Moving on from the last outburst from Project Fear – the tits of every teenage girl will shrink two sizes in the message put out on social media for the kiddies – we’ve this absurdity:
Turkey twizzlers could be back on school menus after no-deal Brexit following new Government warning
There is no reason whatsoever that turkey twizzlers will be served in schools because of Brexit. They might be served because the kiddies like them, they might not be served because the kiddies like them. There being, as we know, that school of thought which insists that children not be allowed anything they actually enjoy. But the connection to Brexit is entirely fatuous:
Turkey twizzlers could be back on school dinner menu because of food shortages after a no deal exit from the European Union, following a new Government warning. New advice from the Government to schools warned that the cooks would have “to adapt menus to allow for product substitution” if Britain leaves without a deal on Oct 31. The guidance – “Advice for schools on how to prepare for Brexit” – noted that “schools have significant flexibilities within the school food standards.”
There aren’t going to be any food shortages to start with. The European Union might be bastards and refuse their own consumers the lovely food that we grow and send to them. But we’re not going to – on the grounds that even our government isn’t stark staring mad – stop foreigners selling their lovely food to us. That would mean fewer food exports – thus more food remaining in the UK – and the same amount of foreign food coming in. More food in Britain that is.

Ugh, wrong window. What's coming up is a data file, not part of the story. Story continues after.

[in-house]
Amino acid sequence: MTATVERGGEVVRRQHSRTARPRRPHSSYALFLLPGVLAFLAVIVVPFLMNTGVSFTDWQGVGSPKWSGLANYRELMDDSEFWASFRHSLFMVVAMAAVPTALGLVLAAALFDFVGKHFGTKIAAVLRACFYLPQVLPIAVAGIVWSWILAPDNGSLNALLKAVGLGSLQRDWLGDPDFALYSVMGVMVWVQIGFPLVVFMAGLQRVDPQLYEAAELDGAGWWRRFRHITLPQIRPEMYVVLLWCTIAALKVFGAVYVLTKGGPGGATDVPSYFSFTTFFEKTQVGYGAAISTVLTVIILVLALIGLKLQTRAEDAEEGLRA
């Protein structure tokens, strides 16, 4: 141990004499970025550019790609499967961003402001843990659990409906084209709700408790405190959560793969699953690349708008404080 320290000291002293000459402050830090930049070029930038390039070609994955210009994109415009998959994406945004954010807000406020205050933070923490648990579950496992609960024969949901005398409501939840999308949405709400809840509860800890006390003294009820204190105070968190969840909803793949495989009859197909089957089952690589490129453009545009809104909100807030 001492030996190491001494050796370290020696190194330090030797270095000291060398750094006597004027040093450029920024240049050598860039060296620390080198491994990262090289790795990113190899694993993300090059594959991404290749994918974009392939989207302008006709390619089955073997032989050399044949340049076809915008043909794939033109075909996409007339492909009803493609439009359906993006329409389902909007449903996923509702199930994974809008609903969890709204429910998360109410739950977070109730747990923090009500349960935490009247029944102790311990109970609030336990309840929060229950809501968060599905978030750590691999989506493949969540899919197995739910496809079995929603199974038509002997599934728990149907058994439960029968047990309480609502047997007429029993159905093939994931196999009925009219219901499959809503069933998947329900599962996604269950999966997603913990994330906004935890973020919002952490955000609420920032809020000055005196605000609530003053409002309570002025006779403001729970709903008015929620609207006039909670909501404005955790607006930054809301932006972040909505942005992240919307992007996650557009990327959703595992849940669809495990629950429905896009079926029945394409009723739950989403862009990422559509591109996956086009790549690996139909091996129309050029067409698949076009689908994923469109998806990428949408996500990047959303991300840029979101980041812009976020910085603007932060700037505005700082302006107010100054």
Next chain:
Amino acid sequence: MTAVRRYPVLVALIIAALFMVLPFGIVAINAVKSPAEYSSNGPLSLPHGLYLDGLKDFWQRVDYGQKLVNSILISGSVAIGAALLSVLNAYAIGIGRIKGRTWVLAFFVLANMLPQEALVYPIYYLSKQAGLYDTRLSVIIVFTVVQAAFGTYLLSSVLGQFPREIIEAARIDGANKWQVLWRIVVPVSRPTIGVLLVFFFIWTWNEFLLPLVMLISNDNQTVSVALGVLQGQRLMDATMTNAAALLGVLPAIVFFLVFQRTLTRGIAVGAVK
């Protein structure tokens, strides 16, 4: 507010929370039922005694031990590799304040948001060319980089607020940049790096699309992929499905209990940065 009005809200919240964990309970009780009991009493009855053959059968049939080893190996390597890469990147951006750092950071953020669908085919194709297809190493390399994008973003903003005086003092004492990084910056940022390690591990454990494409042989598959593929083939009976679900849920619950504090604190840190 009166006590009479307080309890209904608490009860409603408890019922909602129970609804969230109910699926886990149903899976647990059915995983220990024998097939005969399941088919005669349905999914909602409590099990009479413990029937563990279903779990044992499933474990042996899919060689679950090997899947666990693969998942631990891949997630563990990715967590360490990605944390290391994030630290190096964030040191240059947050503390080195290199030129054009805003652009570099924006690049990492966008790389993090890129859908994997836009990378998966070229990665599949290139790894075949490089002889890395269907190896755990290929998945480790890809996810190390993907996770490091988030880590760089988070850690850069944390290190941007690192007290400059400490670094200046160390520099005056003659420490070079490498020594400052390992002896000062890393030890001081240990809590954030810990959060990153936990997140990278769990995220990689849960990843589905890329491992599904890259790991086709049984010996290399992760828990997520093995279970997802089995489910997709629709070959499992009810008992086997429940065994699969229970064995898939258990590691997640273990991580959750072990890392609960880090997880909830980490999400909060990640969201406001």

Plus, obviously, there’s no reason why it would be turkey twizzlers anyway. Even if we were to say, well, we grow (raise?) turkeys in this country, therefore it will be indigenous food that’s available, there’s nothing at all to say they’ll be breaded and deep fried now, is there? Turkey strogonoff can be made with the same bits of offcuts and might even be regarded as healthy.
So, no, Brexit isn’t going to cause outbreaks of turkey twizzlers on school dinner plates. Nor, sadly, reports of children actually enjoying school meals for the first time in a decade.